USDA released new competitive foods regs

Healthier foods targeted for vending, snacks sold in schools.

Feb. 1—More healthy foods, less junk food. That’s the basis of the USDA’s newly released Smart Snacks in Schools regulations, required under the Healthy, Hunger-Free Kids Act.

The proposed rule will be published soon, but highlights include:

More of the foods we should encourage. Promoting availability of healthy snack foods with whole grains, low-fat dairy, fruits, vegetables or protein foods as their main ingredients.

Less of the foods we should avoid. Ensuring that snack food items are lower in fat, sugar, and sodium and provide more of the nutrients kids need.

Targeted standards. Allowing variation by age group for factors such as beverage portion size and caffeine content.

Flexibility for important traditions. Preserving the ability for parents to send in bagged lunches of their choosing or treats for activities such as birthday parties, holidays, and other celebrations; and allowing schools to continue traditions like occasional fundraisers and bake sales.

Reasonable limitations on when and where the standards apply. Ensuring that standards only affect foods that are sold on school campus during the school day. Foods sold at an afterschool sporting event or other activity will not be subject to these requirements.

Flexibility for state and local communities. Allowing significant local and regional autonomy by only establishing minimum requirements for schools. States and schools that have stronger standards than what is being proposed will be able to maintain their own policies.

Significant transition period for schools and industry. The standards will not go into effect until at least one full school year after public comment is considered and an implementing rule is published to ensure that schools and vendors have adequate time to adapt.

These regulations do no affect reimbursable meals sold in the cafeteria. They do affect à la carte, vending and snack sales. The rules also do not affect classroom parties, fundraisers or items sold at sporting events.

"School Nutrition Association (SNA) supports the goal of ensuring that all foods and beverages sold in schools are healthy options for students,” said SNA President Sandra Ford. “School nutrition professionals have been working hard to increase nutritious choices available in the cafeteria by serving more whole grains, fruits and vegetables and limiting the sodium and fat in meals-all part of ongoing efforts to implement new nutrition standards for school meals. SNA looks forward to reviewing the details of these newly proposed competitive food regulations and providing feedback through the public comment process.”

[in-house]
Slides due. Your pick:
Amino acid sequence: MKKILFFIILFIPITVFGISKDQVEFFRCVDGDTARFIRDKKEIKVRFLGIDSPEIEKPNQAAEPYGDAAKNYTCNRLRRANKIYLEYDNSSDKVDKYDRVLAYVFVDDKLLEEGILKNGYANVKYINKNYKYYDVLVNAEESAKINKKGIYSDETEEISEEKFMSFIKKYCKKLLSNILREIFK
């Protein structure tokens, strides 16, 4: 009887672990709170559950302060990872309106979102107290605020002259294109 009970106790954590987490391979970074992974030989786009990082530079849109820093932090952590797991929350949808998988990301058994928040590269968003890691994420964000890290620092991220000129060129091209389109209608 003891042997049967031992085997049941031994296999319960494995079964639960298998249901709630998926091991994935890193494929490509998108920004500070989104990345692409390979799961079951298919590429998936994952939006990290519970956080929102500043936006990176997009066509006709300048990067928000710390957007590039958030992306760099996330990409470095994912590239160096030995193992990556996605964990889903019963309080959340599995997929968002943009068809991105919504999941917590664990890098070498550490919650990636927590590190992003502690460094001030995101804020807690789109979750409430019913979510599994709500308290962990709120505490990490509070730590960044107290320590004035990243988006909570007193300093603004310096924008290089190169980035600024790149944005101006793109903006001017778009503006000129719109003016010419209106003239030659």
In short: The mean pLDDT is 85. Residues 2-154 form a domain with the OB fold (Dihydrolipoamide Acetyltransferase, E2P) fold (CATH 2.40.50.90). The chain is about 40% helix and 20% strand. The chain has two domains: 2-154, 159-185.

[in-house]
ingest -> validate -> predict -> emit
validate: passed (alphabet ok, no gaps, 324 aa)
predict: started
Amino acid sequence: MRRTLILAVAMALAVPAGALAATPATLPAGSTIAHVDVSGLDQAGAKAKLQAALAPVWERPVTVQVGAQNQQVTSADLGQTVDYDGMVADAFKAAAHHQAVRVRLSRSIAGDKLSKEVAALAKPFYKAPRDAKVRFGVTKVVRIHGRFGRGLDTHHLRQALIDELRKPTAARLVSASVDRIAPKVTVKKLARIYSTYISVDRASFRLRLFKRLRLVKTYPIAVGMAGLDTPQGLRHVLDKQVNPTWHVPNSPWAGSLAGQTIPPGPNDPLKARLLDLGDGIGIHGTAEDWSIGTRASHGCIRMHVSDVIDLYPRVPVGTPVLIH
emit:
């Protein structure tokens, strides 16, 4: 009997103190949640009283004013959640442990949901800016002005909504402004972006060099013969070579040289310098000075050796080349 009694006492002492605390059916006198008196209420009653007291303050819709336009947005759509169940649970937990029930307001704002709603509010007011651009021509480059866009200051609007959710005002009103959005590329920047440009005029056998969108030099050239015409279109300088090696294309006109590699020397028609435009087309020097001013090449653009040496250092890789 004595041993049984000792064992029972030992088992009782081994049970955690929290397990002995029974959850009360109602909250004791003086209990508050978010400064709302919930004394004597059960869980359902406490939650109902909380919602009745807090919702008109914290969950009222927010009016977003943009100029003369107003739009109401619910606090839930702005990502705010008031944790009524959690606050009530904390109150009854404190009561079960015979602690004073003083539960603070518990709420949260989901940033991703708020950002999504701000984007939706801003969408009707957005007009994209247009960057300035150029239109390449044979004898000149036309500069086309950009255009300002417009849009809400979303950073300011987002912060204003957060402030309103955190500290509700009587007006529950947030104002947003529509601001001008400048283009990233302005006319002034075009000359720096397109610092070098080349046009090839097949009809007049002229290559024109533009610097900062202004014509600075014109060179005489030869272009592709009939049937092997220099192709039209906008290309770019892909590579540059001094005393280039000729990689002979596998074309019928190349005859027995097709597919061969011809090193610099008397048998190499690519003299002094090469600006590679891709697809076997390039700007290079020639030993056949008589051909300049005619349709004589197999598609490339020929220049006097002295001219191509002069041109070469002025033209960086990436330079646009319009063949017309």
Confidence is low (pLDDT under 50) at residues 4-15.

More From FoodService Director

Sponsored Content
savory yogurt parfait

From Dannon Foodservice.

What consumers eat and, most importantly, when they’re eating it has changed significantly in recent years, signaling opportunity for operators able to capitalize on this evolution.

For example, some 83% of consumers said they were daily snackers in 2016, according to Technomic’s Snacking Occasion Consumer Trend Report . That’s up from 76% just two years earlier. Snacking is growing across many channels from retail prepared foods to bakery and coffee cafes, fast-food locations and more.

Busy lifestyles, smaller households with greater meal...

Industry News & Opinion

Labor secretary nominee Andy Puzder has officially bowed out of consideration for the cabinet position, according to the Associated Press .

Puzder, CEO of CKE Restaurants—the parent company of Hardee’s and Carl’s Jr.—was tired of being under fire for hiring an undocumented immigrant as a nanny and being accused 26 years ago of physically abusing his wife, an unnamed source told CBS News . The agency reported that Puzder was unlikely to show for the start of his confirmation hearings tomorrow.

Puzder has also been attacked by organized labor for comments suggesting that...

Industry News & Opinion

Risley Dining Room at Cornell University in Ithaca, N.Y., has just become 100 percent gluten-free, 14850.com reports.

For the past two years, the university has slowly phased out gluten in the dining hall’s menu by eliminating it in its stir fries, biscuits and brownies.

Instead of offering gluten-free versions of typical college fare, including pizza and pasta, the dining service team aimed for more sophisticated restaurant-style items.

Along with being gluten-free, Risley is also peanut free and tree-nut free.

The dining room is the second college eatery...

Industry News & Opinion

James Madison University in Harrisonburg, Va., recently hosted a weeklong program called Weigh the Waste, which aimed to show students how much food gets wasted in dining halls, The Breeze reports.

Throughout the week, students placed food they were about to throw away on a scale located near the trash bins at one of their dining halls. At the end of the week, the school tallied the waste and saw that 817 pounds of food had been wasted.

School officials hope that the annual program, which it’s hosted since 2015, will remind dining hall patrons to only take as much food as...

FSD Resources